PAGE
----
Reimer: Isaiah Thomas has done nothing wrong after leaving Celtics

Alex Reimer
January 04, 2018 - 10:58 am

David Butler II/USA Today Sports

The vitriol being spewed at Isaiah Thomas for requesting the Celtics delay his tribute video is bizarre. Though the Cavaliers visited the T.D. Garden Wednesday, Thomas, who returned from a hip injury one day earlier, did not play. The point guard said he wants to delay the video, because he hopes his family can be in attendance to see it live. Sounds reasonable enough. 

But according to most of my colleagues in the media, and some hardened fans, Thomas is acting like an egomaniac. The Cavaliers’ next visit to Boston is Feb. 11, when the Celtics plan to retire Paul Pierce’s jersey. That’s supposed to be Pierce’s day, and apparently, 90 seconds of it can’t be devoted to showing a video about Thomas on the jumbotron during a random timeout in the first half. 

There’s an element of fatigue when it comes to Thomas kvetching about the Celtics. He’s continuously talked about his disappointment when he was traded to the Cavaliers last August in exchange for Kyrie Irving. In a Players’ Tribune essay, Thomas wrote about playing after the passing of his sister last season, and decision to take the court in the playoffs with a bad hip. The injury delayed the trade for almost one week, transforming Thomas into damaged goods. 

Professional sports are a tough business, but that doesn’t mean athletes must become cyborgs. Thomas helped build the Celtics back into a championship contender and played a big role in the recruitment of prized free agents Al Horford and Gordon Hayward. As stated in his essay, he hoped to ascend to superstardom in Boston, like Tom Brady or David Ortiz. Instead, Thomas just laid the groundwork. Now Irving will reap the rewards.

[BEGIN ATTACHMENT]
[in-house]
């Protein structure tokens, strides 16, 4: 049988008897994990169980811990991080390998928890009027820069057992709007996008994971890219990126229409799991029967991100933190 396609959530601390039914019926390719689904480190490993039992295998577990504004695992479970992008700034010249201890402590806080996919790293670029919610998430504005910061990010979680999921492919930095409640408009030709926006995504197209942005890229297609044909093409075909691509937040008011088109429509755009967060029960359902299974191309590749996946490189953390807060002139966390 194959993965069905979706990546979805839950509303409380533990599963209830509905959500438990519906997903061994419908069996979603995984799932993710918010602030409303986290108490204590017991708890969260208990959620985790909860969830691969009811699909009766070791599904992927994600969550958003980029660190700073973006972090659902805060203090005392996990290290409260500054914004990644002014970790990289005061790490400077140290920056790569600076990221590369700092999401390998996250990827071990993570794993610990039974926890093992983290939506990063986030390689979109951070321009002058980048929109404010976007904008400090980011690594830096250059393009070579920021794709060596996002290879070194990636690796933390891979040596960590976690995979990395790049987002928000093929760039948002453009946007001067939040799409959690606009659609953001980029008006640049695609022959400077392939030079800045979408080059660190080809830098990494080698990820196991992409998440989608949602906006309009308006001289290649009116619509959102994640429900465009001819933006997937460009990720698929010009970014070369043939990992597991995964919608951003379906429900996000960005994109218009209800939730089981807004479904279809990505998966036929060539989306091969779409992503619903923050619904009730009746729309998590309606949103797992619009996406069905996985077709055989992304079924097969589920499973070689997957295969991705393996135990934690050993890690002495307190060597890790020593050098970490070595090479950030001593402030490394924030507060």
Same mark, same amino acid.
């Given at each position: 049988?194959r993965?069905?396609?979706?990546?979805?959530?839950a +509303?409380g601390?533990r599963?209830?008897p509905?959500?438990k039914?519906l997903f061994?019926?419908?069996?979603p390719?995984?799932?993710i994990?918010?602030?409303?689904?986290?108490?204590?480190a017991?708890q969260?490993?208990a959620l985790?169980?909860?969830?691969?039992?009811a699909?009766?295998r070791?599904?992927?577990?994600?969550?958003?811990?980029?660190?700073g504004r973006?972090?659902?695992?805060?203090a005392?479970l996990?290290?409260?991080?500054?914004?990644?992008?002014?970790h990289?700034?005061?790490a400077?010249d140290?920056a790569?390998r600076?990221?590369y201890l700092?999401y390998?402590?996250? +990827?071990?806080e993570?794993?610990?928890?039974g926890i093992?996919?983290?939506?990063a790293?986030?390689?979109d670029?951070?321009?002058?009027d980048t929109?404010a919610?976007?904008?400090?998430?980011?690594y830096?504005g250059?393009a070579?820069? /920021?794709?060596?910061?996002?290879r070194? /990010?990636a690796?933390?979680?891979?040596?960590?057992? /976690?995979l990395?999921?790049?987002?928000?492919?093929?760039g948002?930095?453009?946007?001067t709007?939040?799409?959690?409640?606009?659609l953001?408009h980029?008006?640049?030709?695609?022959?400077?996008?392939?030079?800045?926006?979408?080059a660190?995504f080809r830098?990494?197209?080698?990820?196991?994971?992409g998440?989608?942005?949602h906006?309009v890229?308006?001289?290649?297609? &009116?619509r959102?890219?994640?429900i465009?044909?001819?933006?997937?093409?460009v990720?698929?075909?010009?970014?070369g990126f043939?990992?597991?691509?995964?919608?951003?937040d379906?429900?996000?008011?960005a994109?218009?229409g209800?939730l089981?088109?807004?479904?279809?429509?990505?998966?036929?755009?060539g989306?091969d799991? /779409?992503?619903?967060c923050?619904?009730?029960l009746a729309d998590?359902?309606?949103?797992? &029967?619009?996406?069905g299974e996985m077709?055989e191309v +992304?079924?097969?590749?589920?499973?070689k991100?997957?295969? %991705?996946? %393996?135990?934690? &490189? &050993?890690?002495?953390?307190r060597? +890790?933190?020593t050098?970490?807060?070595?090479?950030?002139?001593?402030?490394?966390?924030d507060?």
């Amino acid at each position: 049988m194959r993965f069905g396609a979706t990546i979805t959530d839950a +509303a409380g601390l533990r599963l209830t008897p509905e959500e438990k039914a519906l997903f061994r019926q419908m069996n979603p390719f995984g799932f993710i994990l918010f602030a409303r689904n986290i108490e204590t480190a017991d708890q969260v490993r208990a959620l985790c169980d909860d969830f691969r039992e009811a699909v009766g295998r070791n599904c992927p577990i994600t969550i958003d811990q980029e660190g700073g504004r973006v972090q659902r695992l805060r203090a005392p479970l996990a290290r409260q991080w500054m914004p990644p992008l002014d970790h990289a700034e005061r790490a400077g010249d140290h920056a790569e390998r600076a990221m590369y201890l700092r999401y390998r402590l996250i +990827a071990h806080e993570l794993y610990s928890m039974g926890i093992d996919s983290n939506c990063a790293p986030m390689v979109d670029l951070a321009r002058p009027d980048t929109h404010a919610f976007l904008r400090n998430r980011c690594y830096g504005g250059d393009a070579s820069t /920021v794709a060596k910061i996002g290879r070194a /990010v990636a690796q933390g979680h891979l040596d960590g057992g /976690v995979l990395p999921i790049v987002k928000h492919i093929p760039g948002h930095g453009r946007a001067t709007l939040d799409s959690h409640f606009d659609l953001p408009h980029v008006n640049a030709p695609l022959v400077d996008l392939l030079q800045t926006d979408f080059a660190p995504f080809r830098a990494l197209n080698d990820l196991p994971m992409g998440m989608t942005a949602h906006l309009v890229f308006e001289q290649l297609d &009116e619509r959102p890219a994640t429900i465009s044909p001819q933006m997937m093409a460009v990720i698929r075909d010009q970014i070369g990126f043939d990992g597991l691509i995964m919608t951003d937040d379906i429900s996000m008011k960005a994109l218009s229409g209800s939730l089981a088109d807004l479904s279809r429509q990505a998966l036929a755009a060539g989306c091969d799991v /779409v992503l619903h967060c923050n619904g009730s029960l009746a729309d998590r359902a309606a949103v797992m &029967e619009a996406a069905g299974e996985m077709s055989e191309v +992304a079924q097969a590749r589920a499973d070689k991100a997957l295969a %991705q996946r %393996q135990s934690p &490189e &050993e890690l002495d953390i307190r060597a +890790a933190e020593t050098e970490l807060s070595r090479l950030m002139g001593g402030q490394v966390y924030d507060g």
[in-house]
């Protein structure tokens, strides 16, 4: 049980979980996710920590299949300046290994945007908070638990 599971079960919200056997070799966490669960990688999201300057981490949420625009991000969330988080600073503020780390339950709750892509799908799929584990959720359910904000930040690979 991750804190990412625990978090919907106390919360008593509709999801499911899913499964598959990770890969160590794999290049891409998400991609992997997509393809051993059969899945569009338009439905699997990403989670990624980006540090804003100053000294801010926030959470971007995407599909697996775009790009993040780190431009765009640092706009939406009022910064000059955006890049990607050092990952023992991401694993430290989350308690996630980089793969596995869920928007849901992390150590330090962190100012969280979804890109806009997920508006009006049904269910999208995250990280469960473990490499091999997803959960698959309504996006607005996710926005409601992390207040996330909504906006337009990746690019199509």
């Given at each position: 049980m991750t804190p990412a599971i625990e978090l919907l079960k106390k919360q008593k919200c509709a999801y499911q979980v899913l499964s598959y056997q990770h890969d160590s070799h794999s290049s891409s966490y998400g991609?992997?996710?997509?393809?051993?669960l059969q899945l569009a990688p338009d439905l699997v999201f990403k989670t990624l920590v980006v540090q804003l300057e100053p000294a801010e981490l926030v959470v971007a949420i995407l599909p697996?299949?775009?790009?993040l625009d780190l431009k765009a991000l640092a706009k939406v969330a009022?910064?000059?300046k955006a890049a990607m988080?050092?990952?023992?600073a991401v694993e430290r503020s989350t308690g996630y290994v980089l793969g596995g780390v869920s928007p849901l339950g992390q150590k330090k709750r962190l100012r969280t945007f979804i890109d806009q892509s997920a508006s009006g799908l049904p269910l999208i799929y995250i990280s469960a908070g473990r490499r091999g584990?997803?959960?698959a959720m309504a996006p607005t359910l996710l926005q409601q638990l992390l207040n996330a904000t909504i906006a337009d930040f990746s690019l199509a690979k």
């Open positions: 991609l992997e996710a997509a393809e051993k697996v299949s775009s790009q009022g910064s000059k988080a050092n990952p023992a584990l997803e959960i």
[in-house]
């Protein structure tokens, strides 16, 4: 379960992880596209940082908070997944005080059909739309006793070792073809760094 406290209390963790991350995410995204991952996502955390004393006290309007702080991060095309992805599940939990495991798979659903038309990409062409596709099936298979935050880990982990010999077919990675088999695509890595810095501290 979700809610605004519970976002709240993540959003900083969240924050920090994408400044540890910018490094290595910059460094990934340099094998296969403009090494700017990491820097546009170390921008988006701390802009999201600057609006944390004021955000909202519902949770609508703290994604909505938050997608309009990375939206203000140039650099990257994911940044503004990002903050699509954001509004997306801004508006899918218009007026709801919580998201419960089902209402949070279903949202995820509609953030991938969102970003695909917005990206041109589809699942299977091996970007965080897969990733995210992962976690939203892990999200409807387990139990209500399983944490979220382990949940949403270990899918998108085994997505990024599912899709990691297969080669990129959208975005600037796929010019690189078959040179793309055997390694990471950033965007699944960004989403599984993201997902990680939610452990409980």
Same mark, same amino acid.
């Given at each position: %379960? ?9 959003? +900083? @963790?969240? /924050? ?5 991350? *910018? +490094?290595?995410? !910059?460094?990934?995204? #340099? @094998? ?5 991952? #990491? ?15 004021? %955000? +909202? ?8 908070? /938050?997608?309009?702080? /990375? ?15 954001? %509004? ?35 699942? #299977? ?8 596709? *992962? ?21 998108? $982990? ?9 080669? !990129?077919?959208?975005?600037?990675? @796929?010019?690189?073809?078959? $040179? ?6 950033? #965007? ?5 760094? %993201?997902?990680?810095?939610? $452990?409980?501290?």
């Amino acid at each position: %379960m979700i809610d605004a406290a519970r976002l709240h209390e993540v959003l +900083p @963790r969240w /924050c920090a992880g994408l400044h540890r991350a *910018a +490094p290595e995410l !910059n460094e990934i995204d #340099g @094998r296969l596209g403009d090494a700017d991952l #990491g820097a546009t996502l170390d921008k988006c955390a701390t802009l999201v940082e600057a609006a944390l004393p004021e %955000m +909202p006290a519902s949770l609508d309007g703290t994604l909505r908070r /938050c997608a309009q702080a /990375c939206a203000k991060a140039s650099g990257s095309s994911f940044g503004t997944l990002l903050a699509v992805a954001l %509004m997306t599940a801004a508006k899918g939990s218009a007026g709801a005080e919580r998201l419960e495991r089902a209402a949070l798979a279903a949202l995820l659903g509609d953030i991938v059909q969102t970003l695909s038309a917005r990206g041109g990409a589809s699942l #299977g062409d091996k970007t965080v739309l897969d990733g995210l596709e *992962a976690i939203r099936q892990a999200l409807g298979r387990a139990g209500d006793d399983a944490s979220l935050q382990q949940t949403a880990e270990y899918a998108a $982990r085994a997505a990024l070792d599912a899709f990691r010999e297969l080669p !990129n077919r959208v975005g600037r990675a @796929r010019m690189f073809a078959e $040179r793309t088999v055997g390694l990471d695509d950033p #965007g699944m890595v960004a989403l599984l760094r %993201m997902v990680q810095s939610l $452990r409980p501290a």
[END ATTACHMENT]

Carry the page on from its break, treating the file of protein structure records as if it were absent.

General manager Danny Ainge isn’t beholden to Thomas and made the right decision to trade him. Irving, 25, is a superior player and could lead the Celtics to a championship. Thomas, who stands at 5-foot-9 and already has damaged hips, has limitations to his game. The Celtics made the correct move long-term. 

But it’s easy to be rational when you’re removed from the situation. Thomas is far from the first person who’s ever allowed personal anguish to cloud his perception. From the outside, it seemed petty for Thomas to threaten to never speak with Ainge again. But how many times have you made nonsensical statements out of anger? I, for one, have disavowed nearly all of my family members and close friends in fits of rage. But I reneged, just like Thomas. He revealed Wednesday he’s spoken with Ainge via text message. “We’re good,” Thomas told reporters.

We crave honesty from athletes, which is exactly what Thomas has delivered. Last month, he told ESPN’s Rachel Nichols he would not have played in the playoffs if he could go back in time. It’s a natural feeling to have. Thomas sacrificed his health for the Celtics, and in return, got traded. He’s being human, not petulant. 

It’s apparent Thomas still holds love for the Celtics. He’s said as much. When fans acknowledged Thomas with an ovation Wednesday, he smiled and waved. All of the acrimony became an afterthought. 

It can take a while to get over a breakup. Now, after sitting on the sidelines for four months, Thomas is back on the court with a new team. Words said out of anger shouldn’t cloud his legacy. 

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